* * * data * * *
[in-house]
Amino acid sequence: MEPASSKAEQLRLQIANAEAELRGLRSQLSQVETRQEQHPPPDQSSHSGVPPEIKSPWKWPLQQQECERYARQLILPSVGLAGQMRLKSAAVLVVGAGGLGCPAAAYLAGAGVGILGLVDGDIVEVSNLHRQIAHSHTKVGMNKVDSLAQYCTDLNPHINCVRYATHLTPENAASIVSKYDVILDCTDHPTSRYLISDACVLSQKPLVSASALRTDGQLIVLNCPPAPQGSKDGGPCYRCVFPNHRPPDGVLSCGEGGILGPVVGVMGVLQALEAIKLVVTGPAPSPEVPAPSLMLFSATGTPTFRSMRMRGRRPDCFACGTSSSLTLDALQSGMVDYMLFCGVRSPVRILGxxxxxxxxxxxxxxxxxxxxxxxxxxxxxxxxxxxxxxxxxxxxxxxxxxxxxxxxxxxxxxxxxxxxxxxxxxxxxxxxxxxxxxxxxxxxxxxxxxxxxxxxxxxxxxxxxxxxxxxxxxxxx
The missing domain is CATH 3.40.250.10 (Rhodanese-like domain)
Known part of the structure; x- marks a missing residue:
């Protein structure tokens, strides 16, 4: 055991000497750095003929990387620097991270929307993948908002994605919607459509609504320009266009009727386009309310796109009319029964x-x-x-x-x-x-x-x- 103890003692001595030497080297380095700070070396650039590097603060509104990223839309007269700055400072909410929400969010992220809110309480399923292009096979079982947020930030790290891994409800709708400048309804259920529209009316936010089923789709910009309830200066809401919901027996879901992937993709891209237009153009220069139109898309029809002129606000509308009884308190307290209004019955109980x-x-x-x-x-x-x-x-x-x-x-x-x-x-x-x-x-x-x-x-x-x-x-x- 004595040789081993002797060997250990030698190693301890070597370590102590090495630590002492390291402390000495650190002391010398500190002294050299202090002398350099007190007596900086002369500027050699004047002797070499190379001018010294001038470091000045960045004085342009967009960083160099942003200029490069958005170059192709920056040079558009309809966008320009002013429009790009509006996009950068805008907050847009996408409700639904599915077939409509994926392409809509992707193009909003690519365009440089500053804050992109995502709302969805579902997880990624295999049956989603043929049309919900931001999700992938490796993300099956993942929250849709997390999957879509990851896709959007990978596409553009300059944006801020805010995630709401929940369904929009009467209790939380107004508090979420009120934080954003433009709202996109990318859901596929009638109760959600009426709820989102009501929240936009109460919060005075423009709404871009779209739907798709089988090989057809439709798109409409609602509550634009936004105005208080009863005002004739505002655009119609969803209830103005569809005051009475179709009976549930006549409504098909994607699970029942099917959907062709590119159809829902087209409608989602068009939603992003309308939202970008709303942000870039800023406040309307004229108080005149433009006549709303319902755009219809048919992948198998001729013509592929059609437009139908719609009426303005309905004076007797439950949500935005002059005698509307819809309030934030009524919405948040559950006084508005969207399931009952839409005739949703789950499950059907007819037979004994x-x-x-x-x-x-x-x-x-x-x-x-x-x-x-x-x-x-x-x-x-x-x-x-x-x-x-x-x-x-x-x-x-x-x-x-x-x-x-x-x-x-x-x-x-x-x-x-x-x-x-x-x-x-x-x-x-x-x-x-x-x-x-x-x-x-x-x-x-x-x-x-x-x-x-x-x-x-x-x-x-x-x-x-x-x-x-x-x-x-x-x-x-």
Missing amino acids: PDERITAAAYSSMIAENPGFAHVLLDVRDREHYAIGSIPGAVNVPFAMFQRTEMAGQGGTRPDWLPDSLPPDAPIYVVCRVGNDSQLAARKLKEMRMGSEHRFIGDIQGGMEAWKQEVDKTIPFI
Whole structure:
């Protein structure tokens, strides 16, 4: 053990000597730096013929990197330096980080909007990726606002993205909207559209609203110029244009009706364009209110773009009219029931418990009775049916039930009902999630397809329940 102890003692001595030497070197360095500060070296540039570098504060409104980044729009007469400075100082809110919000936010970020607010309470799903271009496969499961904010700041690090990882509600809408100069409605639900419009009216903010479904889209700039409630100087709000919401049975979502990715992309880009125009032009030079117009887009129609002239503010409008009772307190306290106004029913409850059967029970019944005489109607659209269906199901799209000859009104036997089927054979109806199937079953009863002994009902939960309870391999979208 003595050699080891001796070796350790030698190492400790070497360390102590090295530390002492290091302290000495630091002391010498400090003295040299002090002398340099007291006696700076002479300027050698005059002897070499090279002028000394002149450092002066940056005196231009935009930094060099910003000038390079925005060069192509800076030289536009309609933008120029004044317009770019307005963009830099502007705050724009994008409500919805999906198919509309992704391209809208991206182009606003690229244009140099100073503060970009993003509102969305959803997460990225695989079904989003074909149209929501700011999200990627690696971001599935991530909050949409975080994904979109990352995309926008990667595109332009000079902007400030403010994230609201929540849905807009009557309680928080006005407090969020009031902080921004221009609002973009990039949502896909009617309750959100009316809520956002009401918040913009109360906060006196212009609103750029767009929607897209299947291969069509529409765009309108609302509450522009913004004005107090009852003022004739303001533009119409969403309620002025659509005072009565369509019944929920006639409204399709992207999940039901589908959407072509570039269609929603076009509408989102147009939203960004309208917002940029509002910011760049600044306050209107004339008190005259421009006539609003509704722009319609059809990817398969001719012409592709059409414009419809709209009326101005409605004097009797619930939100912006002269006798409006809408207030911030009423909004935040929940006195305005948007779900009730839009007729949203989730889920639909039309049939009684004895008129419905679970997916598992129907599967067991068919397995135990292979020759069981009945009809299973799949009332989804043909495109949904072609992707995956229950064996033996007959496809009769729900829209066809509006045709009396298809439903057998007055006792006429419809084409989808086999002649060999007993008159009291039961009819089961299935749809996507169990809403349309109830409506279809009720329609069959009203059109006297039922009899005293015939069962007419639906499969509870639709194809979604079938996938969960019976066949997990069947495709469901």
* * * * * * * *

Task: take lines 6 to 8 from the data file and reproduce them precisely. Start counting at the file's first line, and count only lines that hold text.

Missing amino acids: PDERITAAAYSSMIAENPGFAHVLLDVRDREHYAIGSIPGAVNVPFAMFQRTEMAGQGGTRPDWLPDSLPPDAPIYVVCRVGNDSQLAARKLKEMRMGSEHRFIGDIQGGMEAWKQEVDKTIPFI
Whole structure:
């Protein structure tokens, strides 16, 4: 053990000597730096013929990197330096980080909007990726606002993205909207559209609203110029244009009706364009209110773009009219029931418990009775049916039930009902999630397809329940 102890003692001595030497070197360095500060070296540039570098504060409104980044729009007469400075100082809110919000936010970020607010309470799903271009496969499961904010700041690090990882509600809408100069409605639900419009009216903010479904889209700039409630100087709000919401049975979502990715992309880009125009032009030079117009887009129609002239503010409008009772307190306290106004029913409850059967029970019944005489109607659209269906199901799209000859009104036997089927054979109806199937079953009863002994009902939960309870391999979208 003595050699080891001796070796350790030698190492400790070497360390102590090295530390002492290091302290000495630091002391010498400090003295040299002090002398340099007291006696700076002479300027050698005059002897070499090279002028000394002149450092002066940056005196231009935009930094060099910003000038390079925005060069192509800076030289536009309609933008120029004044317009770019307005963009830099502007705050724009994008409500919805999906198919509309992704391209809208991206182009606003690229244009140099100073503060970009993003509102969305959803997460990225695989079904989003074909149209929501700011999200990627690696971001599935991530909050949409975080994904979109990352995309926008990667595109332009000079902007400030403010994230609201929540849905807009009557309680928080006005407090969020009031902080921004221009609002973009990039949502896909009617309750959100009316809520956002009401918040913009109360906060006196212009609103750029767009929607897209299947291969069509529409765009309108609302509450522009913004004005107090009852003022004739303001533009119409969403309620002025659509005072009565369509019944929920006639409204399709992207999940039901589908959407072509570039269609929603076009509408989102147009939203960004309208917002940029509002910011760049600044306050209107004339008190005259421009006539609003509704722009319609059809990817398969001719012409592709059409414009419809709209009326101005409605004097009797619930939100912006002269006798409006809408207030911030009423909004935040929940006195305005948007779900009730839009007729949203989730889920639909039309049939009684004895008129419905679970997916598992129907599967067991068919397995135990292979020759069981009945009809299973799949009332989804043909495109949904072609992707995956229950064996033996007959496809009769729900829209066809509006045709009396298809439903057998007055006792006429419809084409989808086999002649060999007993008159009291039961009819089961299935749809996507169990809403349309109830409506279809009720329609069959009203059109006297039922009899005293015939069962007419639906499969509870639709194809979604079938996938969960019976066949997990069947495709469901």